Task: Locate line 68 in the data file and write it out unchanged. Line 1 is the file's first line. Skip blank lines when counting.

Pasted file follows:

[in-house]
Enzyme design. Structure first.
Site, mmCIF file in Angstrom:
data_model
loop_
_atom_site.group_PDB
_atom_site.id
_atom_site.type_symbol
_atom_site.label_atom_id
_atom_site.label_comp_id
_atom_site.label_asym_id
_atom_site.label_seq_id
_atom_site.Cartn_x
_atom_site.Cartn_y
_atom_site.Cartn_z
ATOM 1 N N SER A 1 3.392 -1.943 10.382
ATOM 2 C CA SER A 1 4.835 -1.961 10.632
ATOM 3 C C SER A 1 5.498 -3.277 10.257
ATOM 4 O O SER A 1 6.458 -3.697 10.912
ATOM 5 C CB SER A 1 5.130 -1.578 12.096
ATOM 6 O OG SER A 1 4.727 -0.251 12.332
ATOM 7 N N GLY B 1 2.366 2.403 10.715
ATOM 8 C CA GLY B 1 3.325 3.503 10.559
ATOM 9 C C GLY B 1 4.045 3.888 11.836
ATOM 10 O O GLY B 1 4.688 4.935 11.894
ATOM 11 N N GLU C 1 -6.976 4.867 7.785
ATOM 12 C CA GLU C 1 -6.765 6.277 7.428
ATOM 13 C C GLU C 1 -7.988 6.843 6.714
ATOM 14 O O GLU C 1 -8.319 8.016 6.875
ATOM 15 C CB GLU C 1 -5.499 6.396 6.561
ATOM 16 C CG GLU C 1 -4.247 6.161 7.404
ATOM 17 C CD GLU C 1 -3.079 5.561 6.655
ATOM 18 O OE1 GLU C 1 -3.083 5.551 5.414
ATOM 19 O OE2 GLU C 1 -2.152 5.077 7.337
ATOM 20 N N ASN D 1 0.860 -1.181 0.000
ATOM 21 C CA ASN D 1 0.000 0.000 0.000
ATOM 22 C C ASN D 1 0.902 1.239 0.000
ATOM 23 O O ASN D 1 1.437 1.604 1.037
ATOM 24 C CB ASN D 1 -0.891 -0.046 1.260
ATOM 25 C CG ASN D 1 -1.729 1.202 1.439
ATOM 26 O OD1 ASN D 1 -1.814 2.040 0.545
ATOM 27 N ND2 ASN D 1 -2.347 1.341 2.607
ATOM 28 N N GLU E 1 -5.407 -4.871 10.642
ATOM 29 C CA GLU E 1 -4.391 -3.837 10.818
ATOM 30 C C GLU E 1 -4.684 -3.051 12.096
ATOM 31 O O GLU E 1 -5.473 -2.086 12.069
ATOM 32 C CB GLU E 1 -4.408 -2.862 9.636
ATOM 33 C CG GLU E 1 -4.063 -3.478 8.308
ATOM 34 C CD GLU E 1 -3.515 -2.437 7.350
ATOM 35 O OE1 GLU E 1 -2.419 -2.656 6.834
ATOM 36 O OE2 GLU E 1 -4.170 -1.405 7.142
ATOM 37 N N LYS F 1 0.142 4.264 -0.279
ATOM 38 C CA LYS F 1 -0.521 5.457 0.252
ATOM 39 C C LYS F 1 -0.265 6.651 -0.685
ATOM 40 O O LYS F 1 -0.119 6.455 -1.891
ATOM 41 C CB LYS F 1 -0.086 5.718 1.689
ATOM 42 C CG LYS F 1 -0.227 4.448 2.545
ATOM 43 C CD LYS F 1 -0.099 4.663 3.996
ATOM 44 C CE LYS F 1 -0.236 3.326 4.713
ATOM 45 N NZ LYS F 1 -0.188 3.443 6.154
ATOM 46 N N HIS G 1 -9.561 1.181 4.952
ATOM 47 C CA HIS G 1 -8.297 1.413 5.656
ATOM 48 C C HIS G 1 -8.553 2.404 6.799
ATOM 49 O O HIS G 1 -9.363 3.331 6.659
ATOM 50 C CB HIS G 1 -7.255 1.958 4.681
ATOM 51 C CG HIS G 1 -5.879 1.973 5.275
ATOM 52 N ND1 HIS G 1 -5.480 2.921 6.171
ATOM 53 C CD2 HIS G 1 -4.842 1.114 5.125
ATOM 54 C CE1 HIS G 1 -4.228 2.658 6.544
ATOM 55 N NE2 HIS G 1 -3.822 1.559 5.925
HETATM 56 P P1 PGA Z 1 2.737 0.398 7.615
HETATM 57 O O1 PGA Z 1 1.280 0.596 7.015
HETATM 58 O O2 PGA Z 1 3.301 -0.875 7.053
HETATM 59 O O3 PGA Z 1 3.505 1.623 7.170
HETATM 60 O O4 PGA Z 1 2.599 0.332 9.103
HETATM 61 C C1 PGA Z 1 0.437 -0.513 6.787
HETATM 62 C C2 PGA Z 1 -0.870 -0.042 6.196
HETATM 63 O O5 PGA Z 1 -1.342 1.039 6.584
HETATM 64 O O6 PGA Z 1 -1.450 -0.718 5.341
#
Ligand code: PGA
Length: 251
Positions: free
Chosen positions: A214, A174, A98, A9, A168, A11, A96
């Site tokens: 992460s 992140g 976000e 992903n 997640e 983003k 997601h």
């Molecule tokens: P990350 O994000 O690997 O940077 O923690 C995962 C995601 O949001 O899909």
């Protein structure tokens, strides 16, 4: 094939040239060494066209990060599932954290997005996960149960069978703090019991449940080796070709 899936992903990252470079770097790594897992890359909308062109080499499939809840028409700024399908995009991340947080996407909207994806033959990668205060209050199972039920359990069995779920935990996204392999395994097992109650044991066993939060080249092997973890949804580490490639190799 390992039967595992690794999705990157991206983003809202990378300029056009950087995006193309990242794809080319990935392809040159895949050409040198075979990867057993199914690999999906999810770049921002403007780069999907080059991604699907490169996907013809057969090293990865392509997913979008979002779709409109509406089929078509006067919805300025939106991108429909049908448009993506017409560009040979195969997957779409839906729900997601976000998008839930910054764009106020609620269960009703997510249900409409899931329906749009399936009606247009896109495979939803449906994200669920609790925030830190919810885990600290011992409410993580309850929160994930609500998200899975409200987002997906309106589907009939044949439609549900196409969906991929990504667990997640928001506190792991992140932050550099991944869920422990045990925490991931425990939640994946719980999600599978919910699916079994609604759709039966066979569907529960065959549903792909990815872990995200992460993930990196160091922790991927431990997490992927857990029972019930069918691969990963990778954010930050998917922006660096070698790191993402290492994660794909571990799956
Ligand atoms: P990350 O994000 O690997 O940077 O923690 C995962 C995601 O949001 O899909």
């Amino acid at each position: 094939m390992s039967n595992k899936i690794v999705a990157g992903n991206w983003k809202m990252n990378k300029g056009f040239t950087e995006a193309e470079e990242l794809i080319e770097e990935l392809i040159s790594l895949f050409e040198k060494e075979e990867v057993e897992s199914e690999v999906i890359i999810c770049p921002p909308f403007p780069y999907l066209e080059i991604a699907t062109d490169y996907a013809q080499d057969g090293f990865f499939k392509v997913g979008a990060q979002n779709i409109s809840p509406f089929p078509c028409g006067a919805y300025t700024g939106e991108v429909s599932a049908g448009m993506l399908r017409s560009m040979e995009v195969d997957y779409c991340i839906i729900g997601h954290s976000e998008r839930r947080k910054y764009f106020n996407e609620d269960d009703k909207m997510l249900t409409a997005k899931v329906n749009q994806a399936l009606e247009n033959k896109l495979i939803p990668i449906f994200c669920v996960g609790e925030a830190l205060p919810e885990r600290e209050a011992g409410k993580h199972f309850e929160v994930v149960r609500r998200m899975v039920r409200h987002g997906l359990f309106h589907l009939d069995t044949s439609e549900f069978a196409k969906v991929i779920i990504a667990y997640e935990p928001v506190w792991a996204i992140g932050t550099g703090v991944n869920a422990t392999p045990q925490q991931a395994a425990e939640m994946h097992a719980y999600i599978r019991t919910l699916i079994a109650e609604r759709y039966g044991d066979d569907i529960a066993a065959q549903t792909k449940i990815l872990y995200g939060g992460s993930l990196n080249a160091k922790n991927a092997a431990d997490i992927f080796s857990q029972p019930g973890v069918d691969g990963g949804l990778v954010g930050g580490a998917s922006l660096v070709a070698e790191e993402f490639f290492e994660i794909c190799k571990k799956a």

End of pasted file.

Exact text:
ATOM 53 C CD2 HIS G 1 -4.842 1.114 5.125